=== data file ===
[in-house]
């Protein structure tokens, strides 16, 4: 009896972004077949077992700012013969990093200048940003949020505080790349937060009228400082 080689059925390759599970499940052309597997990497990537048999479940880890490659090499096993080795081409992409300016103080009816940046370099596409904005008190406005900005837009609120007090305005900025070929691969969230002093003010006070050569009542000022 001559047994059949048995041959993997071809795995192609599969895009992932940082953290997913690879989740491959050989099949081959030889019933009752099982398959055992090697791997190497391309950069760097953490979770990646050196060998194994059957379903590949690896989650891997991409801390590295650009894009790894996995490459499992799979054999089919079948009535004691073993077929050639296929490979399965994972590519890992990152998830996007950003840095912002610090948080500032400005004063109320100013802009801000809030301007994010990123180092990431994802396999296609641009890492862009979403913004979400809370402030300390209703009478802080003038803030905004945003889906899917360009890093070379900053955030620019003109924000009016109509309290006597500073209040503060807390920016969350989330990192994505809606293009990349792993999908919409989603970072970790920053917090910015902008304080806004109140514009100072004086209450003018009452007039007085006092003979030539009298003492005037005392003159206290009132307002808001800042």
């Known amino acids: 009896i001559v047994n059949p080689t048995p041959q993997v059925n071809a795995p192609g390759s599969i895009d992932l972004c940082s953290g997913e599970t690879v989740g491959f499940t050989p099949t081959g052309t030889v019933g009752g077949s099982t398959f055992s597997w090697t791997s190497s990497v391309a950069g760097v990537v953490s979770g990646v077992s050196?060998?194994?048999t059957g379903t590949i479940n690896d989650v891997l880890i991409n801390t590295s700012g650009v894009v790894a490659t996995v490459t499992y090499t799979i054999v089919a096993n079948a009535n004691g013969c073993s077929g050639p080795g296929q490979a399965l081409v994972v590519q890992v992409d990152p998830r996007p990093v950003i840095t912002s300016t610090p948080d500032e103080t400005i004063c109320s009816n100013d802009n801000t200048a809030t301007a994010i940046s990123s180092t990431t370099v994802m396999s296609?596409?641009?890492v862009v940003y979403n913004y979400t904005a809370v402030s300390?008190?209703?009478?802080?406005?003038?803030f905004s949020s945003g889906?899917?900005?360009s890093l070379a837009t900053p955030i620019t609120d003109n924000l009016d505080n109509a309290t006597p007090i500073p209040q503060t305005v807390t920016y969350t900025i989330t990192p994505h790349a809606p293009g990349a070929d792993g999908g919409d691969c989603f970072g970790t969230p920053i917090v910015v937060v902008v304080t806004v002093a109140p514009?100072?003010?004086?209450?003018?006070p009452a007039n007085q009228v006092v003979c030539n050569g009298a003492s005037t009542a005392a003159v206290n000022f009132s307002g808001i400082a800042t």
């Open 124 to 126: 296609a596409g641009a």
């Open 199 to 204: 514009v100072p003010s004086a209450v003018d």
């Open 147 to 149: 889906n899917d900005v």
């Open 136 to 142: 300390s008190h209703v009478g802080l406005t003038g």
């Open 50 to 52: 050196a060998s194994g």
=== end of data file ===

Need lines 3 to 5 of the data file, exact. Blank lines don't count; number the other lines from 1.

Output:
């Known amino acids: 009896i001559v047994n059949p080689t048995p041959q993997v059925n071809a795995p192609g390759s599969i895009d992932l972004c940082s953290g997913e599970t690879v989740g491959f499940t050989p099949t081959g052309t030889v019933g009752g077949s099982t398959f055992s597997w090697t791997s190497s990497v391309a950069g760097v990537v953490s979770g990646v077992s050196?060998?194994?048999t059957g379903t590949i479940n690896d989650v891997l880890i991409n801390t590295s700012g650009v894009v790894a490659t996995v490459t499992y090499t799979i054999v089919a096993n079948a009535n004691g013969c073993s077929g050639p080795g296929q490979a399965l081409v994972v590519q890992v992409d990152p998830r996007p990093v950003i840095t912002s300016t610090p948080d500032e103080t400005i004063c109320s009816n100013d802009n801000t200048a809030t301007a994010i940046s990123s180092t990431t370099v994802m396999s296609?596409?641009?890492v862009v940003y979403n913004y979400t904005a809370v402030s300390?008190?209703?009478?802080?406005?003038?803030f905004s949020s945003g889906?899917?900005?360009s890093l070379a837009t900053p955030i620019t609120d003109n924000l009016d505080n109509a309290t006597p007090i500073p209040q503060t305005v807390t920016y969350t900025i989330t990192p994505h790349a809606p293009g990349a070929d792993g999908g919409d691969c989603f970072g970790t969230p920053i917090v910015v937060v902008v304080t806004v002093a109140p514009?100072?003010?004086?209450?003018?006070p009452a007039n007085q009228v006092v003979c030539n050569g009298a003492s005037t009542a005392a003159v206290n000022f009132s307002g808001i400082a800042t």
């Open 124 to 126: 296609a596409g641009a």
């Open 199 to 204: 514009v100072p003010s004086a209450v003018d």